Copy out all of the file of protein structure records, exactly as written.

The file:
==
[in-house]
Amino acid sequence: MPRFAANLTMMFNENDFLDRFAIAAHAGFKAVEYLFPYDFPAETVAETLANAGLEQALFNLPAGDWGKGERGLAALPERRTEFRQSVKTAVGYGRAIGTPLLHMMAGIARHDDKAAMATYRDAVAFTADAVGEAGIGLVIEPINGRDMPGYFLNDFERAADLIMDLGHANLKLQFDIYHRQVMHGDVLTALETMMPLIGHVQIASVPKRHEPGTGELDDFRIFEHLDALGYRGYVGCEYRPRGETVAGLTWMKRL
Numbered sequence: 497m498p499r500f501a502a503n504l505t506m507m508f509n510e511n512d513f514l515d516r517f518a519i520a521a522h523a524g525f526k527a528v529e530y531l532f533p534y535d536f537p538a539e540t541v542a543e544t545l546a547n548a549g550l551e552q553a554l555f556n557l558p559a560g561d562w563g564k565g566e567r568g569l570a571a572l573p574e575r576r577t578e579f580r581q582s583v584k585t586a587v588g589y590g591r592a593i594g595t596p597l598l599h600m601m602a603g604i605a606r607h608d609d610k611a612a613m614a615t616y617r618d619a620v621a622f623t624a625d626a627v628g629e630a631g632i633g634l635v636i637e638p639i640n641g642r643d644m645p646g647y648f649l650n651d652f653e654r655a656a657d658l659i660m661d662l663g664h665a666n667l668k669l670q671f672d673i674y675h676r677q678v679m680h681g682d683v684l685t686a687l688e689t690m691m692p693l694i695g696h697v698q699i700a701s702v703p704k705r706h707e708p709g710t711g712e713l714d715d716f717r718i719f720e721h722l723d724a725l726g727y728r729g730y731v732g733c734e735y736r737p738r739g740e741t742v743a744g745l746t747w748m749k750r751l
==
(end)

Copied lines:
[in-house]
Amino acid sequence: MPRFAANLTMMFNENDFLDRFAIAAHAGFKAVEYLFPYDFPAETVAETLANAGLEQALFNLPAGDWGKGERGLAALPERRTEFRQSVKTAVGYGRAIGTPLLHMMAGIARHDDKAAMATYRDAVAFTADAVGEAGIGLVIEPINGRDMPGYFLNDFERAADLIMDLGHANLKLQFDIYHRQVMHGDVLTALETMMPLIGHVQIASVPKRHEPGTGELDDFRIFEHLDALGYRGYVGCEYRPRGETVAGLTWMKRL
Numbered sequence: 497m498p499r500f501a502a503n504l505t506m507m508f509n510e511n512d513f514l515d516r517f518a519i520a521a522h523a524g525f526k527a528v529e530y531l532f533p534y535d536f537p538a539e540t541v542a543e544t545l546a547n548a549g550l551e552q553a554l555f556n557l558p559a560g561d562w563g564k565g566e567r568g569l570a571a572l573p574e575r576r577t578e579f580r581q582s583v584k585t586a587v588g589y590g591r592a593i594g595t596p597l598l599h600m601m602a603g604i605a606r607h608d609d610k611a612a613m614a615t616y617r618d619a620v621a622f623t624a625d626a627v628g629e630a631g632i633g634l635v636i637e638p639i640n641g642r643d644m645p646g647y648f649l650n651d652f653e654r655a656a657d658l659i660m661d662l663g664h665a666n667l668k669l670q671f672d673i674y675h676r677q678v679m680h681g682d683v684l685t686a687l688e689t690m691m692p693l694i695g696h697v698q699i700a701s702v703p704k705r706h707e708p709g710t711g712e713l714d715d716f717r718i719f720e721h722l723d724a725l726g727y728r729g730y731v732g733c734e735y736r737p738r739g740e741t742v743a744g745l746t747w748m749k750r751l